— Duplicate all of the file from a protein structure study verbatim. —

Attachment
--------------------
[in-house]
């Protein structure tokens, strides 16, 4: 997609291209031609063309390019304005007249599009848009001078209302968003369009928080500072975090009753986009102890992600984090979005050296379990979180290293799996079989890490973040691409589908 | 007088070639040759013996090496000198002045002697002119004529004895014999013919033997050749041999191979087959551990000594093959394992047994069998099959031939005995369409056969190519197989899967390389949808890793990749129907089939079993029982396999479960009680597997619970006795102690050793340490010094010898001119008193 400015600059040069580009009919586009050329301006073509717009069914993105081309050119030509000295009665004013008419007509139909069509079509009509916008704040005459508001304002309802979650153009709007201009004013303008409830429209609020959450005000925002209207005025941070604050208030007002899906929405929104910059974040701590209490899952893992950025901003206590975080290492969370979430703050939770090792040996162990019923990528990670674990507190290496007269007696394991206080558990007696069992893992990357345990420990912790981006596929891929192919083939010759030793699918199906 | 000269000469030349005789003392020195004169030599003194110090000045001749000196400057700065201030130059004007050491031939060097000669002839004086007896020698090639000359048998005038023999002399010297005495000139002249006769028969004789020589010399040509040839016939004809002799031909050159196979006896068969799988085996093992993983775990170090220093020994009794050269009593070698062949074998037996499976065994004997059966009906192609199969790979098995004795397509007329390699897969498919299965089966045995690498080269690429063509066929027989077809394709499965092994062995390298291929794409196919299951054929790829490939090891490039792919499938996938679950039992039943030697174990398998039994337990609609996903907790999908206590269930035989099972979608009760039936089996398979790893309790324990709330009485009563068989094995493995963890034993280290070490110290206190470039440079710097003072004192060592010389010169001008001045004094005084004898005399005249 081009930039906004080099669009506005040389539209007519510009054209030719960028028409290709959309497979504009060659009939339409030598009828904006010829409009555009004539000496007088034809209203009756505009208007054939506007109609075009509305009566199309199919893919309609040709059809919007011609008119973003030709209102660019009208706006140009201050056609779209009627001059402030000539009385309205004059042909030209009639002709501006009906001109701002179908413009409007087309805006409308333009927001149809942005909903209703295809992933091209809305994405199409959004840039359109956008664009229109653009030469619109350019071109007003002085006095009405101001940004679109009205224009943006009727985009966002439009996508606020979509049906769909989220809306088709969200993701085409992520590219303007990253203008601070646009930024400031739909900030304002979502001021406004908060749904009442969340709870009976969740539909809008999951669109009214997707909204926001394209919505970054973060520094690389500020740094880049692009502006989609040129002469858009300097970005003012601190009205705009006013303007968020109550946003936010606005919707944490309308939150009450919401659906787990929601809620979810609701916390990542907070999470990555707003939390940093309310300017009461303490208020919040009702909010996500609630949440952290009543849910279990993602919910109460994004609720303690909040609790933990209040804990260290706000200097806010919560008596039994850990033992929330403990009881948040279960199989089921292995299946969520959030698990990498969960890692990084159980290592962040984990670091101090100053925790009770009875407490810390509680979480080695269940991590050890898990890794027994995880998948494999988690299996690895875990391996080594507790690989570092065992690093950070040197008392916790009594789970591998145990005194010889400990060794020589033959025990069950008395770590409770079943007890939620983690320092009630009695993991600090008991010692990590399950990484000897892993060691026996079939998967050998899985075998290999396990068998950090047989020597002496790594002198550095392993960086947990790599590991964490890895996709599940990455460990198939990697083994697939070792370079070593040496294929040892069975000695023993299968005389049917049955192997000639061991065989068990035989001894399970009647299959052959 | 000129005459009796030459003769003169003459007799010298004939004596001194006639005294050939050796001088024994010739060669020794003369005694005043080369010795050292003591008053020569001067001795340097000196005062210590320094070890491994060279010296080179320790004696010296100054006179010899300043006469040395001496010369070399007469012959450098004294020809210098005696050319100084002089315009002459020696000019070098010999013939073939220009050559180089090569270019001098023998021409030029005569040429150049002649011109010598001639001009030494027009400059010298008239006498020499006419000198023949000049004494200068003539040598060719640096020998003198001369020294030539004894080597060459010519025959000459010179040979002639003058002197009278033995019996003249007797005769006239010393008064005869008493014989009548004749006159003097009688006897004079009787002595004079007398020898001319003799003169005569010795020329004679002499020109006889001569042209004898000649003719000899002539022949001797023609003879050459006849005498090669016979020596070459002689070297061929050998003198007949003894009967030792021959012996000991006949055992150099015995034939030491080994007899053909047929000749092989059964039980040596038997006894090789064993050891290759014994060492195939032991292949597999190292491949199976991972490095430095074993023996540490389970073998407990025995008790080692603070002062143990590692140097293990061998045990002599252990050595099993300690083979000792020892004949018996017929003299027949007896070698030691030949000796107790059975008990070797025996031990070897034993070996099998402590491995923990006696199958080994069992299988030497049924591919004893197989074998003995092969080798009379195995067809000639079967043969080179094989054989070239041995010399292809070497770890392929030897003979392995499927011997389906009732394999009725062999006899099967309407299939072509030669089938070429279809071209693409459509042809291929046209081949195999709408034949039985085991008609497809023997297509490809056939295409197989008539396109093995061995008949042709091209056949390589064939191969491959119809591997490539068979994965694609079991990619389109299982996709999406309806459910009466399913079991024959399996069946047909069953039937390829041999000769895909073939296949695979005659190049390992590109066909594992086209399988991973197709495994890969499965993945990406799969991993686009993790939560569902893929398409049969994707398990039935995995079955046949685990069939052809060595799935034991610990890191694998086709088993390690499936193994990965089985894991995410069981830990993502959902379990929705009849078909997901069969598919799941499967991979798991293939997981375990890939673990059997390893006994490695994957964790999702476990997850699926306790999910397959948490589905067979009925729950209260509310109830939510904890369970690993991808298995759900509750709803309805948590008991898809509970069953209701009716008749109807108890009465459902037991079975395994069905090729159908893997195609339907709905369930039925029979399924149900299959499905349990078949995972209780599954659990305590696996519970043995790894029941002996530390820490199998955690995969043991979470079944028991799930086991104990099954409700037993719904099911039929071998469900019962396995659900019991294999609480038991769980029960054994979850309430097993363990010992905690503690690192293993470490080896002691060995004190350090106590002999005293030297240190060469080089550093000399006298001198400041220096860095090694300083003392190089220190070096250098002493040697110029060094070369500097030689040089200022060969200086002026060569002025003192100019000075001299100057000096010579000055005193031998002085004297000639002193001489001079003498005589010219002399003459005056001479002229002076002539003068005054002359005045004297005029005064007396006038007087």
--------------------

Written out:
[in-house]
């Protein structure tokens, strides 16, 4: 997609291209031609063309390019304005007249599009848009001078209302968003369009928080500072975090009753986009102890992600984090979005050296379990979180290293799996079989890490973040691409589908 | 007088070639040759013996090496000198002045002697002119004529004895014999013919033997050749041999191979087959551990000594093959394992047994069998099959031939005995369409056969190519197989899967390389949808890793990749129907089939079993029982396999479960009680597997619970006795102690050793340490010094010898001119008193 400015600059040069580009009919586009050329301006073509717009069914993105081309050119030509000295009665004013008419007509139909069509079509009509916008704040005459508001304002309802979650153009709007201009004013303008409830429209609020959450005000925002209207005025941070604050208030007002899906929405929104910059974040701590209490899952893992950025901003206590975080290492969370979430703050939770090792040996162990019923990528990670674990507190290496007269007696394991206080558990007696069992893992990357345990420990912790981006596929891929192919083939010759030793699918199906 | 000269000469030349005789003392020195004169030599003194110090000045001749000196400057700065201030130059004007050491031939060097000669002839004086007896020698090639000359048998005038023999002399010297005495000139002249006769028969004789020589010399040509040839016939004809002799031909050159196979006896068969799988085996093992993983775990170090220093020994009794050269009593070698062949074998037996499976065994004997059966009906192609199969790979098995004795397509007329390699897969498919299965089966045995690498080269690429063509066929027989077809394709499965092994062995390298291929794409196919299951054929790829490939090891490039792919499938996938679950039992039943030697174990398998039994337990609609996903907790999908206590269930035989099972979608009760039936089996398979790893309790324990709330009485009563068989094995493995963890034993280290070490110290206190470039440079710097003072004192060592010389010169001008001045004094005084004898005399005249 081009930039906004080099669009506005040389539209007519510009054209030719960028028409290709959309497979504009060659009939339409030598009828904006010829409009555009004539000496007088034809209203009756505009208007054939506007109609075009509305009566199309199919893919309609040709059809919007011609008119973003030709209102660019009208706006140009201050056609779209009627001059402030000539009385309205004059042909030209009639002709501006009906001109701002179908413009409007087309805006409308333009927001149809942005909903209703295809992933091209809305994405199409959004840039359109956008664009229109653009030469619109350019071109007003002085006095009405101001940004679109009205224009943006009727985009966002439009996508606020979509049906769909989220809306088709969200993701085409992520590219303007990253203008601070646009930024400031739909900030304002979502001021406004908060749904009442969340709870009976969740539909809008999951669109009214997707909204926001394209919505970054973060520094690389500020740094880049692009502006989609040129002469858009300097970005003012601190009205705009006013303007968020109550946003936010606005919707944490309308939150009450919401659906787990929601809620979810609701916390990542907070999470990555707003939390940093309310300017009461303490208020919040009702909010996500609630949440952290009543849910279990993602919910109460994004609720303690909040609790933990209040804990260290706000200097806010919560008596039994850990033992929330403990009881948040279960199989089921292995299946969520959030698990990498969960890692990084159980290592962040984990670091101090100053925790009770009875407490810390509680979480080695269940991590050890898990890794027994995880998948494999988690299996690895875990391996080594507790690989570092065992690093950070040197008392916790009594789970591998145990005194010889400990060794020589033959025990069950008395770590409770079943007890939620983690320092009630009695993991600090008991010692990590399950990484000897892993060691026996079939998967050998899985075998290999396990068998950090047989020597002496790594002198550095392993960086947990790599590991964490890895996709599940990455460990198939990697083994697939070792370079070593040496294929040892069975000695023993299968005389049917049955192997000639061991065989068990035989001894399970009647299959052959 | 000129005459009796030459003769003169003459007799010298004939004596001194006639005294050939050796001088024994010739060669020794003369005694005043080369010795050292003591008053020569001067001795340097000196005062210590320094070890491994060279010296080179320790004696010296100054006179010899300043006469040395001496010369070399007469012959450098004294020809210098005696050319100084002089315009002459020696000019070098010999013939073939220009050559180089090569270019001098023998021409030029005569040429150049002649011109010598001639001009030494027009400059010298008239006498020499006419000198023949000049004494200068003539040598060719640096020998003198001369020294030539004894080597060459010519025959000459010179040979002639003058002197009278033995019996003249007797005769006239010393008064005869008493014989009548004749006159003097009688006897004079009787002595004079007398020898001319003799003169005569010795020329004679002499020109006889001569042209004898000649003719000899002539022949001797023609003879050459006849005498090669016979020596070459002689070297061929050998003198007949003894009967030792021959012996000991006949055992150099015995034939030491080994007899053909047929000749092989059964039980040596038997006894090789064993050891290759014994060492195939032991292949597999190292491949199976991972490095430095074993023996540490389970073998407990025995008790080692603070002062143990590692140097293990061998045990002599252990050595099993300690083979000792020892004949018996017929003299027949007896070698030691030949000796107790059975008990070797025996031990070897034993070996099998402590491995923990006696199958080994069992299988030497049924591919004893197989074998003995092969080798009379195995067809000639079967043969080179094989054989070239041995010399292809070497770890392929030897003979392995499927011997389906009732394999009725062999006899099967309407299939072509030669089938070429279809071209693409459509042809291929046209081949195999709408034949039985085991008609497809023997297509490809056939295409197989008539396109093995061995008949042709091209056949390589064939191969491959119809591997490539068979994965694609079991990619389109299982996709999406309806459910009466399913079991024959399996069946047909069953039937390829041999000769895909073939296949695979005659190049390992590109066909594992086209399988991973197709495994890969499965993945990406799969991993686009993790939560569902893929398409049969994707398990039935995995079955046949685990069939052809060595799935034991610990890191694998086709088993390690499936193994990965089985894991995410069981830990993502959902379990929705009849078909997901069969598919799941499967991979798991293939997981375990890939673990059997390893006994490695994957964790999702476990997850699926306790999910397959948490589905067979009925729950209260509310109830939510904890369970690993991808298995759900509750709803309805948590008991898809509970069953209701009716008749109807108890009465459902037991079975395994069905090729159908893997195609339907709905369930039925029979399924149900299959499905349990078949995972209780599954659990305590696996519970043995790894029941002996530390820490199998955690995969043991979470079944028991799930086991104990099954409700037993719904099911039929071998469900019962396995659900019991294999609480038991769980029960054994979850309430097993363990010992905690503690690192293993470490080896002691060995004190350090106590002999005293030297240190060469080089550093000399006298001198400041220096860095090694300083003392190089220190070096250098002493040697110029060094070369500097030689040089200022060969200086002026060569002025003192100019000075001299100057000096010579000055005193031998002085004297000639002193001489001079003498005589010219002399003459005056001479002229002076002539003068005054002359005045004297005029005064007396006038007087």